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Just recently, institutional rental housing developer Acorn Holdings Limited (AHL), together with Absa Group and Absa Bank Kenya, announced the successful conclusion of a Sh6.7 billion financing agreement to support the development of 10 more purpose-built student accommodation developments in Nairobi.
Acorn, which is behind Qwetu and Qejani Student Residences, plans to add another 12,000 beds to the Acorn Student Accommodation REITs (Real Estate Investment Trusts) to bring the total bed capacity to 21,000 beds. This will be the largest such portfolio in Africa.
Within three years, these units should be complete as Acorn rushes against time to address the huge deficit of 300,000 beds for students across the country.
In a recent meeting involving investors affiliated with Absa Bank, which was held in partnership with Knight Frank, industry leaders unanimously agreed that student accommodation is among the most promising asset classes for investors in real estate.
“This, alongside investment in county headquarters, could be the future,” said Knight Frank Kenya Chief Executive Mark Dunford.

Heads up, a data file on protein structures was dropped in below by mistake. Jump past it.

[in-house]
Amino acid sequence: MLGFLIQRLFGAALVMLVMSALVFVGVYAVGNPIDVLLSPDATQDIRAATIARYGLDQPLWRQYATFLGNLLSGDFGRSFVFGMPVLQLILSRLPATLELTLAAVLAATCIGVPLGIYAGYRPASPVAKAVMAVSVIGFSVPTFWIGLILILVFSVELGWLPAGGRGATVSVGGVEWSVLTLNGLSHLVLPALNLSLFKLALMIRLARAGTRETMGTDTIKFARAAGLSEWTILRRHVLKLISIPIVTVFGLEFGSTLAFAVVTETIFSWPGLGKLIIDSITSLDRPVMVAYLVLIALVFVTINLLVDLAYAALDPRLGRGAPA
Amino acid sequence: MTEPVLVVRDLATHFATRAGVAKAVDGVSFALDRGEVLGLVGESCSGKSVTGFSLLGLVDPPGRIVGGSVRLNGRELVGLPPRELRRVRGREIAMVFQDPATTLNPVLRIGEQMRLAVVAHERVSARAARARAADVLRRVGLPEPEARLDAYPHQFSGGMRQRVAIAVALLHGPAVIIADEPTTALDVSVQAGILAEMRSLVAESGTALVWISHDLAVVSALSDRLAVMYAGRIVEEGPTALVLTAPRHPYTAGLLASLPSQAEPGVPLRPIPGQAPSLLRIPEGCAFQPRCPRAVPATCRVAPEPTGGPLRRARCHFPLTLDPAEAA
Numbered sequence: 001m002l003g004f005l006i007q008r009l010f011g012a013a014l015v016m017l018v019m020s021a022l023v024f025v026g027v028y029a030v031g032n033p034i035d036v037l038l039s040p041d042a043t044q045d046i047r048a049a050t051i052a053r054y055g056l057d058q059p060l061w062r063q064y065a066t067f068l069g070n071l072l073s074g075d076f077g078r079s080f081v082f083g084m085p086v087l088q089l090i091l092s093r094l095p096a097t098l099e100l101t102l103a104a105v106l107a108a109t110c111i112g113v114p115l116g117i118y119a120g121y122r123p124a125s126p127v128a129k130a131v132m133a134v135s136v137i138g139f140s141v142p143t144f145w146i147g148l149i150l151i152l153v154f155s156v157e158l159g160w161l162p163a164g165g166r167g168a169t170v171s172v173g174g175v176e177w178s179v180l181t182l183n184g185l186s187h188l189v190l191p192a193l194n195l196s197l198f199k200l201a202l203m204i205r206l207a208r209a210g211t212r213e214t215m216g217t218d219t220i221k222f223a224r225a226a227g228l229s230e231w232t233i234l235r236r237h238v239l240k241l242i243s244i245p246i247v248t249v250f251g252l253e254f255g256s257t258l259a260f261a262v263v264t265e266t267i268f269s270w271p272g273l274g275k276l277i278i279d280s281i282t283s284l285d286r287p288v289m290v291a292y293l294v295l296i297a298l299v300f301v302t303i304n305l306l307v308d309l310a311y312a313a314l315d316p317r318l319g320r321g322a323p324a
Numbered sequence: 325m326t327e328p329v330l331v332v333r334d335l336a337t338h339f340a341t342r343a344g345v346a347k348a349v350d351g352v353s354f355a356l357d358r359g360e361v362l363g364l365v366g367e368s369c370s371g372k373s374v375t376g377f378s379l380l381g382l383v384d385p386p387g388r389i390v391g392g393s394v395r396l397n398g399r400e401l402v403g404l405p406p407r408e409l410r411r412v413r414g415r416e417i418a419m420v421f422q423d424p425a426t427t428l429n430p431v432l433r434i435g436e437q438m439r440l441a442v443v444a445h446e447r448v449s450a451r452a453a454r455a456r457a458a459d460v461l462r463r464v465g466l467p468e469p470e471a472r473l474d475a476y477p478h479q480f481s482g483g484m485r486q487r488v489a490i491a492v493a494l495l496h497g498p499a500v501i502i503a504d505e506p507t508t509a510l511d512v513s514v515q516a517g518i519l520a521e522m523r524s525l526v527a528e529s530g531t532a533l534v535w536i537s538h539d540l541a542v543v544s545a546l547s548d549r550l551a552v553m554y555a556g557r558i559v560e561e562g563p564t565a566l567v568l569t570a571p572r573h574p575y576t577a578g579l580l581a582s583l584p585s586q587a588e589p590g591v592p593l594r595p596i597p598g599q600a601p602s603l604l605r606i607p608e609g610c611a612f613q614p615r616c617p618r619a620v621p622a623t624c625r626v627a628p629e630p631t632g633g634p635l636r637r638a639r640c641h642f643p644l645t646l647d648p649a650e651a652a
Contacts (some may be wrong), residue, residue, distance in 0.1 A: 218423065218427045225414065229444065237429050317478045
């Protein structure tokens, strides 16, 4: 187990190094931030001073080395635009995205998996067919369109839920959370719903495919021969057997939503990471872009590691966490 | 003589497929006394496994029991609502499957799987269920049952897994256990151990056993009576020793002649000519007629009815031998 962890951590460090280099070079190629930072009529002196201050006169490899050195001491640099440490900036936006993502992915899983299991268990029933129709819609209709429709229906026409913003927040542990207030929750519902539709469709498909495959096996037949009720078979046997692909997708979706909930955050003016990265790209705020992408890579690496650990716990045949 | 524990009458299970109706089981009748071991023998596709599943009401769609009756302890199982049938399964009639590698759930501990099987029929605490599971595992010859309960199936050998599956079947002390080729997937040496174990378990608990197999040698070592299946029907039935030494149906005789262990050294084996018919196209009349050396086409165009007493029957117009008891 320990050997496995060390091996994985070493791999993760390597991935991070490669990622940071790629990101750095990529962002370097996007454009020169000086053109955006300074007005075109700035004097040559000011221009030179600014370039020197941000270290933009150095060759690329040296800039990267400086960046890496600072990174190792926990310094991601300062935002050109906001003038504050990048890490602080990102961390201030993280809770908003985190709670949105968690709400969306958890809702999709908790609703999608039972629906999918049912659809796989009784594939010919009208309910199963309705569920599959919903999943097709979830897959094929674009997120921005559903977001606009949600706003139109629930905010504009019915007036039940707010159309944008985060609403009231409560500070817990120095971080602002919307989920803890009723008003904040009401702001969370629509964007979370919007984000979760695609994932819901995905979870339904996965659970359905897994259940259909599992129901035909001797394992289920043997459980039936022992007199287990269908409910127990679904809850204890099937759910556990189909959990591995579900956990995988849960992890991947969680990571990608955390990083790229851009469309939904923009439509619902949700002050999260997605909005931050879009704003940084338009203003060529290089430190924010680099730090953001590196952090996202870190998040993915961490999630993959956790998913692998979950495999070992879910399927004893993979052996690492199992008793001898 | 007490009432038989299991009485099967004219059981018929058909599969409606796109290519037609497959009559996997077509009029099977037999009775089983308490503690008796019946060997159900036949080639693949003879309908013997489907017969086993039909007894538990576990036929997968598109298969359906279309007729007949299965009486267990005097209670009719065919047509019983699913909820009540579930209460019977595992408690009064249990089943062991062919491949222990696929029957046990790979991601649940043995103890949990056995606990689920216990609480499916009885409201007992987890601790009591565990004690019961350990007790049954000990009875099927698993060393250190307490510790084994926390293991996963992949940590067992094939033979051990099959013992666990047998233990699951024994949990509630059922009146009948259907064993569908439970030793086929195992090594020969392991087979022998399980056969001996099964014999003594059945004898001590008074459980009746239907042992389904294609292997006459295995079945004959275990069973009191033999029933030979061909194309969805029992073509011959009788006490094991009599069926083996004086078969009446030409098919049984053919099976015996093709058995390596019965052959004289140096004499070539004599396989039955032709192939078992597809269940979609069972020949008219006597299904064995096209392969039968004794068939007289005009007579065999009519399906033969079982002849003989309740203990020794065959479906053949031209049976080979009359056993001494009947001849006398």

As the government also aims to build 200,000 houses annually as part of the affordable housing programme started under former President Uhuru Kenyatta’s Big Four agenda in 2017, student accommodation tops the agenda for many developers.
The balance is between making these houses both affordable and decent, according to Lands, Public Works, Housing, and Urban Development Cabinet Secretary Zacharia Mwangi Njeru.
“The government values this partnership, not just because of its fundamental economic benefits but because it also confirms that Kenya’s corporate citizens are building their business plans around our vision,” he said during the Acorn-Absa partnership signing.
Other entities also appreciate the lucrativeness of student accommodation.
State Department for Investments Promotion Principal Secretary Abubakar Hassan urged pension schemes to play a bigger funding role in the affordable housing agenda.
“We have a roadmap to deepen the capital markets through responsive legal and regulatory measures. I would urge the pension schemes to also take part in this affordable housing agenda so that we can support the government’s initiative to mobilise pension capital to support the housing agenda,” he said.